A peppy combination of gymnastics and dancing, cheerleading is an acrobatic and intense sport; in fact, it has one of the highest injury rates in sports. All those high tosses, stunts, and flips can cause a range of knee, ankle, wrist, and head injuries. As with any sport, some bumps and bruises are unavoidable; however, there are a few ways to keep your cheerleader safe and hopefully prevent cheerleading injuries:
- Practice with the right equipment in an appropriate place: the American Association of Cheerleading Coaches and Administrators (AACCA) recommends the squad practice on appropriate mats in a location without startling or loud noises. The area around a stunt should be cleared (from overhead lights, people who aren’t spotting, etc.) and if practicing outside, the squad shouldn’t attempt stunts when it’s wet, raining or other inclement weather.
- Make sure the coach is trained and knowledgeable: AACCA releases updated cheerleading rules every year, and it’s important your child’s coach is up-to-date with the latest cheer safety guidelines. For some levels, this means restricting the types of stunts allowed. If you’re concerned about the intensity of stunting or amount of pressure your coach is putting on the team to achieve tumbling passes, you can review the latest rules and bring them to the coach.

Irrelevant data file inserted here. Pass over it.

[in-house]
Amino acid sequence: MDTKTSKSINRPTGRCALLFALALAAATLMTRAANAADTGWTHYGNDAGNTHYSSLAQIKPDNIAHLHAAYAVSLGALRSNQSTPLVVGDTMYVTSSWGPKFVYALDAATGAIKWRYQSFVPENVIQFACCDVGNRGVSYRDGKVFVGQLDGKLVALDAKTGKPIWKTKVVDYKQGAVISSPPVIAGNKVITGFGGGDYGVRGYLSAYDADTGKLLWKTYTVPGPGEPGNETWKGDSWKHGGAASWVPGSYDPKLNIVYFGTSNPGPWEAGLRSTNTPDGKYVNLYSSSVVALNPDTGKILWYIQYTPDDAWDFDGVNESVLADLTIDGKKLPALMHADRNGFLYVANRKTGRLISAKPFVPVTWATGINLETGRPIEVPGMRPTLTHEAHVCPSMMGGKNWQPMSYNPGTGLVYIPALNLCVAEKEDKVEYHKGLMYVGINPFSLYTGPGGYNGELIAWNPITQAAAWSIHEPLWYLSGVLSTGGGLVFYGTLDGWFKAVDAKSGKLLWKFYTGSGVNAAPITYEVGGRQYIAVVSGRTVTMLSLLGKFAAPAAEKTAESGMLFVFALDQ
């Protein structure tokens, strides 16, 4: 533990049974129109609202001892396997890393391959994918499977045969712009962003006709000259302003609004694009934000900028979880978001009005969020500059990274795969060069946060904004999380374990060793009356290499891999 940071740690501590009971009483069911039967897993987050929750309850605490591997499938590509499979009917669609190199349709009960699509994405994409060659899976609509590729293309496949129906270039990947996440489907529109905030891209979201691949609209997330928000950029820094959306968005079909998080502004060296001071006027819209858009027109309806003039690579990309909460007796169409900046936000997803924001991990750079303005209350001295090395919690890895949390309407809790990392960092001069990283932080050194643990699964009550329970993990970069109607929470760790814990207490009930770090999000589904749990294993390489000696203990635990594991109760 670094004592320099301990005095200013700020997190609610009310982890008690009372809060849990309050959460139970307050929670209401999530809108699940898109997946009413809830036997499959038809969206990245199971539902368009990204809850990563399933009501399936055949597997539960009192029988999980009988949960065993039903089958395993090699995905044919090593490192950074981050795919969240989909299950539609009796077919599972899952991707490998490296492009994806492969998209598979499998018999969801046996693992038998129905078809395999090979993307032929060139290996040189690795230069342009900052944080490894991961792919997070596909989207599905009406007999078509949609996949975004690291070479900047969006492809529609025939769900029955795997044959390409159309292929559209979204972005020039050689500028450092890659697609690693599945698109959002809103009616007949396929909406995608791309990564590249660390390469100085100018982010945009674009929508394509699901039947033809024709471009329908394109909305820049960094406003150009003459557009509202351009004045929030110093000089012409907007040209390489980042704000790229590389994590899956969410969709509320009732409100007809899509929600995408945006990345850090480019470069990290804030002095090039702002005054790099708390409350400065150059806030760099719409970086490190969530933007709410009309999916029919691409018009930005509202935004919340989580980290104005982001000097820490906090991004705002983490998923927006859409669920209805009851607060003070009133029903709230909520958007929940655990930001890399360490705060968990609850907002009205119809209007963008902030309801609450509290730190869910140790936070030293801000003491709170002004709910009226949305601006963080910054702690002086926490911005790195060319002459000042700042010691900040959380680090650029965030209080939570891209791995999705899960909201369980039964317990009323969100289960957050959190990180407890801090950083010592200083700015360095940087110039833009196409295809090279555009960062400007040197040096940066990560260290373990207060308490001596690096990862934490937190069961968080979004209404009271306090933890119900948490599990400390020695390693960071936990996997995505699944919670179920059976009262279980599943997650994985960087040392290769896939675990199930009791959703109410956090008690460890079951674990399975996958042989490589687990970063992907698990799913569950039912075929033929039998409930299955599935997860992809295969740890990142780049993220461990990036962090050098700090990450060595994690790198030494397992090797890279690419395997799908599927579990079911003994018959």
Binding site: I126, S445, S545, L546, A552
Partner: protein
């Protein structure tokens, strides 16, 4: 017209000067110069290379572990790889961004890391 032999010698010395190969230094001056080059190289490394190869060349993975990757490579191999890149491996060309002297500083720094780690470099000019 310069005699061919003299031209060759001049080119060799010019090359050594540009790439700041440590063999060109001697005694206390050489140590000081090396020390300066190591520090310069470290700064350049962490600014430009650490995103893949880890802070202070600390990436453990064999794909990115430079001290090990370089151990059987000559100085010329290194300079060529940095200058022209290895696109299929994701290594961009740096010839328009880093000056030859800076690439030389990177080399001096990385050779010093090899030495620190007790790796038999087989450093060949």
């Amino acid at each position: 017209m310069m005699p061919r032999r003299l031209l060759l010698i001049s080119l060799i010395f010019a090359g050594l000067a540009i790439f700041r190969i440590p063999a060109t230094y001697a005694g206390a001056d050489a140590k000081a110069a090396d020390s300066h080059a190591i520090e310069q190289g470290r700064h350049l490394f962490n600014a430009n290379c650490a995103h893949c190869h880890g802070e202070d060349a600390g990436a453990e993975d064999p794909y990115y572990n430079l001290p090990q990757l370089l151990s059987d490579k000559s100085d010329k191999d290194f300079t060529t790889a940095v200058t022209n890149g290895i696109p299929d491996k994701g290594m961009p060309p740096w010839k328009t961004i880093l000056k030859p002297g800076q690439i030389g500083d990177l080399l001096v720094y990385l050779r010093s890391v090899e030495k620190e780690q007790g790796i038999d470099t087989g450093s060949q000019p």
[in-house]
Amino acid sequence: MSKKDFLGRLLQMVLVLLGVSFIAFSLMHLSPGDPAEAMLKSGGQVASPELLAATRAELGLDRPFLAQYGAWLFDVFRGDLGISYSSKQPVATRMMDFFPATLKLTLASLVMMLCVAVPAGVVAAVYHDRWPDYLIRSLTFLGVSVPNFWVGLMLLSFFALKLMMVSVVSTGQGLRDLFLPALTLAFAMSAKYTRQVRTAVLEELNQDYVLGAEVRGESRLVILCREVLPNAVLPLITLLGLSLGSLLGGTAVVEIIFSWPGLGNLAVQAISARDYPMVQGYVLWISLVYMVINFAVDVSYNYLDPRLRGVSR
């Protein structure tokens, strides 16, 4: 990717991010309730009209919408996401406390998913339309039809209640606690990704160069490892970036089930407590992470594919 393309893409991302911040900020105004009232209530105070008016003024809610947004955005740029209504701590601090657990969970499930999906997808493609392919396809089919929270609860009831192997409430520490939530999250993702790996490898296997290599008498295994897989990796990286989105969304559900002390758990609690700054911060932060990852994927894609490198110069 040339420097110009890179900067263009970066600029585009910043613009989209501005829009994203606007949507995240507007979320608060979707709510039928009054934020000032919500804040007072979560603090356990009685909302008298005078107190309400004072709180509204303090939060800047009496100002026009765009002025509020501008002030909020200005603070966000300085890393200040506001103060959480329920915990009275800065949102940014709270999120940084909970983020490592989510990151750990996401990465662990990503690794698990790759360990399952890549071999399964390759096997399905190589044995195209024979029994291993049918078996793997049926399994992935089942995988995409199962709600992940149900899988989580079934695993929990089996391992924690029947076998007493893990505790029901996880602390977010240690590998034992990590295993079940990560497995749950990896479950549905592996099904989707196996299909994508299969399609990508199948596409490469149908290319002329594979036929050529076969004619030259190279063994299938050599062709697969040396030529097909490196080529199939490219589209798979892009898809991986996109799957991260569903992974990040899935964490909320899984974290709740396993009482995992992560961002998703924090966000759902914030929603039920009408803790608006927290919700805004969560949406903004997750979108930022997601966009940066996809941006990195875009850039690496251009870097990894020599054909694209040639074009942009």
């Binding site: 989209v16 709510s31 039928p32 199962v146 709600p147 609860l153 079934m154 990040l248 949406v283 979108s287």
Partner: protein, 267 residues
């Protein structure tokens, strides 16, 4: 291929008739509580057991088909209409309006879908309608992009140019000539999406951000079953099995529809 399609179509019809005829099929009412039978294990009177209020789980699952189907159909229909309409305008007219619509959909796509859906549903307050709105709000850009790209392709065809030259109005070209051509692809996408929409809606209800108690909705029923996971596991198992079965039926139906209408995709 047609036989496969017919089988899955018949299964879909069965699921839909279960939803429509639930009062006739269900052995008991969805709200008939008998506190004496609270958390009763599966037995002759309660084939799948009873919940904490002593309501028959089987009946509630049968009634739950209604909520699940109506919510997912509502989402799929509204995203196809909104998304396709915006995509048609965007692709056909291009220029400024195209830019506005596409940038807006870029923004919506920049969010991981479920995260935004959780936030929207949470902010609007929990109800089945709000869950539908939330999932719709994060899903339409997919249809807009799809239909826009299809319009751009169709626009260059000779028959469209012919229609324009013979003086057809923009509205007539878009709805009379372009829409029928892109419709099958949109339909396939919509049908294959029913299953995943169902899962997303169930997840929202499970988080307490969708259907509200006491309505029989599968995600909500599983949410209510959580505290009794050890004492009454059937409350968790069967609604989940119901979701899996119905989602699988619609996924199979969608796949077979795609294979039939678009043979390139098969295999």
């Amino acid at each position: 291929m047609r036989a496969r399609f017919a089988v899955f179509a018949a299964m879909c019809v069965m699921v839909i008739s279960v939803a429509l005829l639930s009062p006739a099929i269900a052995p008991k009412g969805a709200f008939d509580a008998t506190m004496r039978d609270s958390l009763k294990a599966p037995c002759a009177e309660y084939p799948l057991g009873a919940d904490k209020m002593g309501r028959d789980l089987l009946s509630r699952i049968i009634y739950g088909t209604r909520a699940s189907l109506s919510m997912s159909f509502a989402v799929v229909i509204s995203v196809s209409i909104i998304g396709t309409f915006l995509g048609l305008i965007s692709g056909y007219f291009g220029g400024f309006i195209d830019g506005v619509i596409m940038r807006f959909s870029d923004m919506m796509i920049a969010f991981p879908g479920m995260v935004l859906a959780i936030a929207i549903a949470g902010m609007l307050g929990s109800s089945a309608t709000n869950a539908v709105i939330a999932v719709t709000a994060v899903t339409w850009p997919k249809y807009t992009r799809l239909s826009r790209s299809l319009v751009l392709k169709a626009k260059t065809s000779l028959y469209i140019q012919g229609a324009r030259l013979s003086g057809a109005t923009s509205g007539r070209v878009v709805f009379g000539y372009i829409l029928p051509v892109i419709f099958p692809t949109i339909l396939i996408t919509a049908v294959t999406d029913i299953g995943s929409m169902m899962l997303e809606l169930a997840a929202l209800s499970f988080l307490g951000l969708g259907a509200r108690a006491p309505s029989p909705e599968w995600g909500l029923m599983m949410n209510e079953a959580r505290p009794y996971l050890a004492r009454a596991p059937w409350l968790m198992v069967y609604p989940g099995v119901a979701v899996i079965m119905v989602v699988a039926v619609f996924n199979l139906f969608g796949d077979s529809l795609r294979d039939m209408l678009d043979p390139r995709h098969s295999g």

- Cheerleaders should be in good physical condition: most cheerleading teams will require each athlete complete a sports physical prior to try outs to show the athlete’s general level of health and fitness (this is not to replace an annual well child checkup). Additionally, during practice, the squad should warm up and cool down. AACCA recommends cheerleaders adopt a strength-building and conditioning program to help maintain fitness.
- Avoid jewelry: jewelry (except medical and religious) is prohibited. If allowed, it should be taped down and out of the way.
- Mind sport regulations: the squad should be familiar with sport-specific regulations (such as where to stand and when to approach the playing field/court).
While following these guidelines can help your cheerleader avoid some injuries, not all are preventable. Always visit a doctor if your child is complaining of any pain, especially after a fall or practice. Many urgent care facilities, like Partners Urgent Care, are open late and on weekends so you can check out any cheer-related minor emergencies. Plus, we have digital X-ray equipment onsite so you can quickly assess the severity of an injury.